London embarks on a year-long effort to plan transportation needs for the next 20 years.

With hundreds of millions of dollars in development at stake, politicians and bureaucrats have begun to debate how Londoners should move around in future and how the city should grow.

Already, some advocates of cars, buses and light rail seem on a collision course.

Deputy Mayor Tom Gosnell dismisses the idea the city should consider building a light-rail passenger service to stimulate development along rail corridors. Light rail, he said, is for cities with populations near one million, not smaller cities like London growing at a snail’s pace.

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Welcome to the transport of tomorrow

November 9, 2009

The Guardian UK

When Heathrow Terminal 5 opens next year, a network of up to 18 driver-less PRT pods will ferry people between the main terminal and its car parks, where each pod will be controlled by an internal computer and on-board sensor systems.


Welcome to the pioneering world of personal rapid transport (PRT) – a feasible technological solution to the chronic problem of traffic congestion, offering public transport with the privacy of a car.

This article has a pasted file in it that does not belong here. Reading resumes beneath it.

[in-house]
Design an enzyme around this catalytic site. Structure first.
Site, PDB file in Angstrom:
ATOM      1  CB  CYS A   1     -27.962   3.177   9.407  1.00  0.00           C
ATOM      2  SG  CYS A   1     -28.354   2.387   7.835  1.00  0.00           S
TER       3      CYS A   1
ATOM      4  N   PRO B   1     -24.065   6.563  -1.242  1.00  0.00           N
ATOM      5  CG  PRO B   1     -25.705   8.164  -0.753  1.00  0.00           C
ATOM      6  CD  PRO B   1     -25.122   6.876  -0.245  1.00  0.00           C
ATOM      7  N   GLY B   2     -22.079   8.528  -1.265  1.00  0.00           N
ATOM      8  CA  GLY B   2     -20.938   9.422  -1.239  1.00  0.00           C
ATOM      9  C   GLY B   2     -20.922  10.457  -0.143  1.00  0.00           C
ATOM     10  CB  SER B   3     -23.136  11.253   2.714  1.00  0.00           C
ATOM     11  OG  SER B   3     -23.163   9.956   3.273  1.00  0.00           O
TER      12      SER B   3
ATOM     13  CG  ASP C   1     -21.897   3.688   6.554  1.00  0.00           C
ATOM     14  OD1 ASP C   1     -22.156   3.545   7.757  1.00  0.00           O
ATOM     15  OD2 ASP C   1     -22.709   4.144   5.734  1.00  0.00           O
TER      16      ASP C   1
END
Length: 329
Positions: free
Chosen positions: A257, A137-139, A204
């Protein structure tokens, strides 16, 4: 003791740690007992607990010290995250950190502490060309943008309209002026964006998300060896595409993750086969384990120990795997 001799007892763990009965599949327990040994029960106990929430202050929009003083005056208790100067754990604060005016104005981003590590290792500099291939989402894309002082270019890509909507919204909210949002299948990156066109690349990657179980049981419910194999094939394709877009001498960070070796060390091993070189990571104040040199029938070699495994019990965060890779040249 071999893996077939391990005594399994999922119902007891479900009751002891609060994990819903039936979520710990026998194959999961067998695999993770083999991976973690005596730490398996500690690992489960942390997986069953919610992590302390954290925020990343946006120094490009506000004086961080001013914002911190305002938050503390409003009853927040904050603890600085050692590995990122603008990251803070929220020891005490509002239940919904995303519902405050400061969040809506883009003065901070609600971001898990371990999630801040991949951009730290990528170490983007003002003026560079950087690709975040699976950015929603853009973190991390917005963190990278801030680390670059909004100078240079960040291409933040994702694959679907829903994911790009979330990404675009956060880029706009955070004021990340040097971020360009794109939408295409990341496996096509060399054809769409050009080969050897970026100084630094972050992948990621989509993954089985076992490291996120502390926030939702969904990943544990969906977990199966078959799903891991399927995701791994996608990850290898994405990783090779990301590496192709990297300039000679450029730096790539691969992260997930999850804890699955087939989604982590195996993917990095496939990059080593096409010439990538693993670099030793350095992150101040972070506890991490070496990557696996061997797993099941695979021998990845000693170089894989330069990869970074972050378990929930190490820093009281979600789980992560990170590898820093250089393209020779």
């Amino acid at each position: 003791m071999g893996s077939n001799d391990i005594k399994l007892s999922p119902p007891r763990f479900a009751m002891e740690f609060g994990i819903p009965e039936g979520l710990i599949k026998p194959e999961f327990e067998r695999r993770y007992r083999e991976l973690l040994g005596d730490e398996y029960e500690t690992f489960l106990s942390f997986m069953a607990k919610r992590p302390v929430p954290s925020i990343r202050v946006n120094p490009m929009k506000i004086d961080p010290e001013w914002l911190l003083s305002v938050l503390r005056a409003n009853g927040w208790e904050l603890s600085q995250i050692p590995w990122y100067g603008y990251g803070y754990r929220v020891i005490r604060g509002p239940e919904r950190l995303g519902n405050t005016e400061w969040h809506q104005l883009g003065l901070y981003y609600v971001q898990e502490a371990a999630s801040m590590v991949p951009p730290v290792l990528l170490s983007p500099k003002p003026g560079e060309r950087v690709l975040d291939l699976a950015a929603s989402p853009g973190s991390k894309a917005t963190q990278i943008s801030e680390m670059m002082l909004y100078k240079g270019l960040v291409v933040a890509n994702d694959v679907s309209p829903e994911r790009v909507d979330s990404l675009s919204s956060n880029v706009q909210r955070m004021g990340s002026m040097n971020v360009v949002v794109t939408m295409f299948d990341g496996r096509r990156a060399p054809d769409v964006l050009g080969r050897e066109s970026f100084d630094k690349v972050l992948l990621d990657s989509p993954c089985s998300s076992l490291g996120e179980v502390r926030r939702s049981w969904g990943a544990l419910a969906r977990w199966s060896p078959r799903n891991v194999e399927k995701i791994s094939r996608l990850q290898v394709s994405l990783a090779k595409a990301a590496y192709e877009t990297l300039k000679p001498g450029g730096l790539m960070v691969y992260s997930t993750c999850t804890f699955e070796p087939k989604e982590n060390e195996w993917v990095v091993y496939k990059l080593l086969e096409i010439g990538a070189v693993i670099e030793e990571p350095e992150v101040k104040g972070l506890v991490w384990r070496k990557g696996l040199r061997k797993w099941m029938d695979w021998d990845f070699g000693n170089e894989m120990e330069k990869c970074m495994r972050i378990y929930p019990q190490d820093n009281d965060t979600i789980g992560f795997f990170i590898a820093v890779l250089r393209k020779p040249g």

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– 36 Reasons Streetcars Are Better Than Buses

October 19, 2009

from The Infrastructurist

If you want a system that really attracts riders and investment, many transit experts will attest that streetcars are the best dollar-for-dollar investment a city can make.

Of course, there are plenty of situations where old-fashioned bus service or newfangled bus rapid transit (which usually has dedicated lanes) are just the thing. But for cities facing a choice between building a streetcar system or high-end BRT and the cost difference can be smaller than might think it’s handy to know that transit riders overwhelming prefer streetcars.

Well, overwhelmingly if the comments section from a recent story on this site can be taken as a fair sample. One reader posed the question, “buses or streetcars?” and the responses from laypeople and transportation experts alike came fast and furious. In the end, we were left with dozens of reasons why streetcars are superior, ranging from the obvious to the wonderfully creative.